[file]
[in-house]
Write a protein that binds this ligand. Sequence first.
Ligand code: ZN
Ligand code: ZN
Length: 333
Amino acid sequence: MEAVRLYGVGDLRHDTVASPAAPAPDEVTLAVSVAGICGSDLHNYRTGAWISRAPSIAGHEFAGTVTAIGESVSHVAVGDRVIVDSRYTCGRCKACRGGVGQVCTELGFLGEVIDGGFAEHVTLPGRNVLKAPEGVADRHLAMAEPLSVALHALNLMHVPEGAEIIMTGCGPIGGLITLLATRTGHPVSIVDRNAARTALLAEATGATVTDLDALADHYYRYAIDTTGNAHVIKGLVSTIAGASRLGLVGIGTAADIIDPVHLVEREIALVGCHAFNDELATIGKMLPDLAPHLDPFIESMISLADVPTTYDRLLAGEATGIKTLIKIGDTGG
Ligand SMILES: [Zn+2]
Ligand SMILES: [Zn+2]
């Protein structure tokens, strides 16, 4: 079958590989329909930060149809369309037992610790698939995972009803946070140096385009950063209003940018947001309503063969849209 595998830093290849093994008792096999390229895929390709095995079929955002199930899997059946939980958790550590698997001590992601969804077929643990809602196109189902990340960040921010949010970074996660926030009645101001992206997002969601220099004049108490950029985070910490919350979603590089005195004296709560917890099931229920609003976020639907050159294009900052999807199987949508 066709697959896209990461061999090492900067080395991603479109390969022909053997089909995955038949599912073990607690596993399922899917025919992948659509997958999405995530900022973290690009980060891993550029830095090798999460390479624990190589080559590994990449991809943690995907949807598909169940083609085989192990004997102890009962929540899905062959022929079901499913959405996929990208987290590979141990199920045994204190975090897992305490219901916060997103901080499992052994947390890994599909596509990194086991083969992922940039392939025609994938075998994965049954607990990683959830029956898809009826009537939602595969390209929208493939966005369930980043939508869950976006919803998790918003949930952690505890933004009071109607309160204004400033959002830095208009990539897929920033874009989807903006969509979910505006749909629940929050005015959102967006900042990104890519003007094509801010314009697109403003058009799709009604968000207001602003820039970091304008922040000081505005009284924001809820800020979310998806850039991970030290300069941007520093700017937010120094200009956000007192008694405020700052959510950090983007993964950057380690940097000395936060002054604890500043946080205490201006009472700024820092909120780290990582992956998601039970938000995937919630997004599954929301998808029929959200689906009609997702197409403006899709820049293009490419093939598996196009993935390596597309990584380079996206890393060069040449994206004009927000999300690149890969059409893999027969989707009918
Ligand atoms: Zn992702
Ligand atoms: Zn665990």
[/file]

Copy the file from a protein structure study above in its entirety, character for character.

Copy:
[in-house]
Write a protein that binds this ligand. Sequence first.
Ligand code: ZN
Ligand code: ZN
Length: 333
Amino acid sequence: MEAVRLYGVGDLRHDTVASPAAPAPDEVTLAVSVAGICGSDLHNYRTGAWISRAPSIAGHEFAGTVTAIGESVSHVAVGDRVIVDSRYTCGRCKACRGGVGQVCTELGFLGEVIDGGFAEHVTLPGRNVLKAPEGVADRHLAMAEPLSVALHALNLMHVPEGAEIIMTGCGPIGGLITLLATRTGHPVSIVDRNAARTALLAEATGATVTDLDALADHYYRYAIDTTGNAHVIKGLVSTIAGASRLGLVGIGTAADIIDPVHLVEREIALVGCHAFNDELATIGKMLPDLAPHLDPFIESMISLADVPTTYDRLLAGEATGIKTLIKIGDTGG
Ligand SMILES: [Zn+2]
Ligand SMILES: [Zn+2]
């Protein structure tokens, strides 16, 4: 079958590989329909930060149809369309037992610790698939995972009803946070140096385009950063209003940018947001309503063969849209 595998830093290849093994008792096999390229895929390709095995079929955002199930899997059946939980958790550590698997001590992601969804077929643990809602196109189902990340960040921010949010970074996660926030009645101001992206997002969601220099004049108490950029985070910490919350979603590089005195004296709560917890099931229920609003976020639907050159294009900052999807199987949508 066709697959896209990461061999090492900067080395991603479109390969022909053997089909995955038949599912073990607690596993399922899917025919992948659509997958999405995530900022973290690009980060891993550029830095090798999460390479624990190589080559590994990449991809943690995907949807598909169940083609085989192990004997102890009962929540899905062959022929079901499913959405996929990208987290590979141990199920045994204190975090897992305490219901916060997103901080499992052994947390890994599909596509990194086991083969992922940039392939025609994938075998994965049954607990990683959830029956898809009826009537939602595969390209929208493939966005369930980043939508869950976006919803998790918003949930952690505890933004009071109607309160204004400033959002830095208009990539897929920033874009989807903006969509979910505006749909629940929050005015959102967006900042990104890519003007094509801010314009697109403003058009799709009604968000207001602003820039970091304008922040000081505005009284924001809820800020979310998806850039991970030290300069941007520093700017937010120094200009956000007192008694405020700052959510950090983007993964950057380690940097000395936060002054604890500043946080205490201006009472700024820092909120780290990582992956998601039970938000995937919630997004599954929301998808029929959200689906009609997702197409403006899709820049293009490419093939598996196009993935390596597309990584380079996206890393060069040449994206004009927000999300690149890969059409893999027969989707009918
Ligand atoms: Zn992702
Ligand atoms: Zn665990």